</td>
    <td>
      <p>Pellentesque habitant morbi tristique senectus et netus et malesuada fames ac turpis egestas.</p>
    </td>
  </tr>
</table>

Give each table cell a percentage width that totals up to 100% and you'll be set. Even if you then apply padding to the cells, the table will arrange itself correctly.

#actual-table { border-collapse: collapse; }
#actual-table td {
  width: 20%;
  padding: 10px;
  vertical-align: top;
}
#actual-table td:nth-child(even) {
  background: #ccc;
}
#actual-table td:nth-child(odd) {
  background: #eee;
}

See the Pen Actual Table by mariemosley (@mariemosley) on CodePen.

Now let's say that table markup gives you the heebie-jeebies. You can actually use plain ol' div markup but still force it to behave like a table. In that case we'd do something like this:

<div id="css-table">
  <div class="col"><p>Pellentesque habitant morbi tristique senectus et netus et malesuada fames ac turpis egestas.</p></div>
  <div class="col"><p>Pellentesque habitant morbi tristique senectus et netus et malesuada fames ac turpis egestas. Vestibulum tortor quam, feugiat vitae, ultricies eget, tempor sit amet, ante. Donec eu libero sit amet quam egestas semper. Aenean ultricies mi vitae est. Mauris placerat eleifend leo.</p></div>
  <div class="col"><p>Pellentesque habitant morbi tristique senectus et netus et malesuada fames ac turpis egestas.</p></div>
  <div class="col"><p>Pellentesque habitant morbi tristique senectus et netus et malesuada fames ac turpis egestas. Vestibulum tortor quam, feugiat vitae, ultricies eget, tempor sit amet, ante. Donec eu libero sit amet quam egestas semper. Aenean ultricies mi vitae est. Mauris placerat eleifend leo.</p></div>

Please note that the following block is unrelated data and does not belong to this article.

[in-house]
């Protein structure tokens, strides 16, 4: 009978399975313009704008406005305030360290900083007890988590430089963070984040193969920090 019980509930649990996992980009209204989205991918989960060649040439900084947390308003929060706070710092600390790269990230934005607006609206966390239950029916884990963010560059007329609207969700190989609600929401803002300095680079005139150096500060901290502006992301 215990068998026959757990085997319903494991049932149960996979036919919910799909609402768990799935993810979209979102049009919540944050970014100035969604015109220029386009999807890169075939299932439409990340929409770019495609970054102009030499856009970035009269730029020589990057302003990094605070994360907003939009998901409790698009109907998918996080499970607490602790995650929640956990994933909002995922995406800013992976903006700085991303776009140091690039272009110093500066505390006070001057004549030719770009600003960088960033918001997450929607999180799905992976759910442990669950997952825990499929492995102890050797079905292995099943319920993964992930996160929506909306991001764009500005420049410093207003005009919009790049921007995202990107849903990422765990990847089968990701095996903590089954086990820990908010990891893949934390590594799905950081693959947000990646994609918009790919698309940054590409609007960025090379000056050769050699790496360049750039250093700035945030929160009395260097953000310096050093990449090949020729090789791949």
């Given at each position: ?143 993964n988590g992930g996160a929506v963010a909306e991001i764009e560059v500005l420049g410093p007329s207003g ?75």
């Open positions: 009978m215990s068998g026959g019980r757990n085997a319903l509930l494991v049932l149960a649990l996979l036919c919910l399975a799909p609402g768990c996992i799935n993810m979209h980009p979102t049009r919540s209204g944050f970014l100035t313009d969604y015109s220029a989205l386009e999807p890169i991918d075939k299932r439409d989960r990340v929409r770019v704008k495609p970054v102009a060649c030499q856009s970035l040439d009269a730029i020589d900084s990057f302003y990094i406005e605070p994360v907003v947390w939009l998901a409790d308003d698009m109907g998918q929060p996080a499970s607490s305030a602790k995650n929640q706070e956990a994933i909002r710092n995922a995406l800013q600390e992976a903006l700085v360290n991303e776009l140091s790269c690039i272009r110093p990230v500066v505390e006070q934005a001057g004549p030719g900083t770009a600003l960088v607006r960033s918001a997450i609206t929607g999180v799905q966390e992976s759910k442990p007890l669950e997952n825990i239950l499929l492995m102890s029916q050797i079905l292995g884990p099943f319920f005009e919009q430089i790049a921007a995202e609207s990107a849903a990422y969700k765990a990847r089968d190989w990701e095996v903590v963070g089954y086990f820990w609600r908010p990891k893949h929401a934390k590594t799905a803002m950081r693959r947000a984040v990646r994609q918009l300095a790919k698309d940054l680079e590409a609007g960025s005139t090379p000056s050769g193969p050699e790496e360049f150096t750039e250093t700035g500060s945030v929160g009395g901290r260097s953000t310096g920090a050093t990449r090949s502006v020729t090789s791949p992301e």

</div>

And then use CSS tables:

#css-table {
  display: table;
}
#css-table .col {
  display: table-cell;
  width: 25%;
  padding: 10px;
}
#css-table .col:nth-child(even) {
  background: #ccc;
}
#css-table .col:nth-child(odd) {
  background: #eee;
}

Besides using comfortable markup, we actually save some markup because we can go right from the table to the table cells. No element needs to simulate a table-row.

See the Pen CSS Table by mariemosley (@mariemosley) on CodePen.

So are CSS tables the answer to our dreams? They are kinda cool, but they aren't supported in IE 7 so if you are interested in going this route I'd recommend just using actual table markup instead. There is really no significant advantages to using CSS tables.

The most significant disadvantage of both table methods is source-order dependance. There is really no way to have the first column in the source order appear anywhere else than the first column.

One True Layout Method

One of the most classic layouts of all time is the one true layout. In one of the demos, equal height columns is tackled. It's a rather clever technique that still works great today. The idea, as usual, uses a wrapping element for all the columns. This wrapper is set to have hidden overflow, which not only clears the floated columns, but hides anything sticking outside of it. This is particularly important, because we are going to be forcing the height of the columns to be extremely tall, and then cutting them off with the hidden overflow. The magical voodoo here is that while we force the columns taller with a huge amount of bottom padding, we suck the height of the wrapper back up with an equal amount of negative bottom margin. This gives us just the effect we need.

The markup is nothing we haven't seen before:

<div id="one-true" class="group">
  <div class="col"><h3>I am listed first in source order.</h3><p>Pellentesque habitant morbi tristique senectus et netus et malesuada fames ac turpis egestas.</p></div>
  <div class="col"><p>Pellentesque habitant morbi tristique senectus et netus et malesuada fames ac turpis egestas. Vestibulum tortor quam, feugiat vitae, ultricies eget, tempor sit amet, ante. Donec eu libero sit amet quam egestas semper. Aenean ultricies mi vitae est. Mauris placerat eleifend leo.</p></div>
  <div class="col"><p>Pellentesque habitant morbi tristique senectus et netus et malesuada fames ac turpis egestas.</p></div>
</div>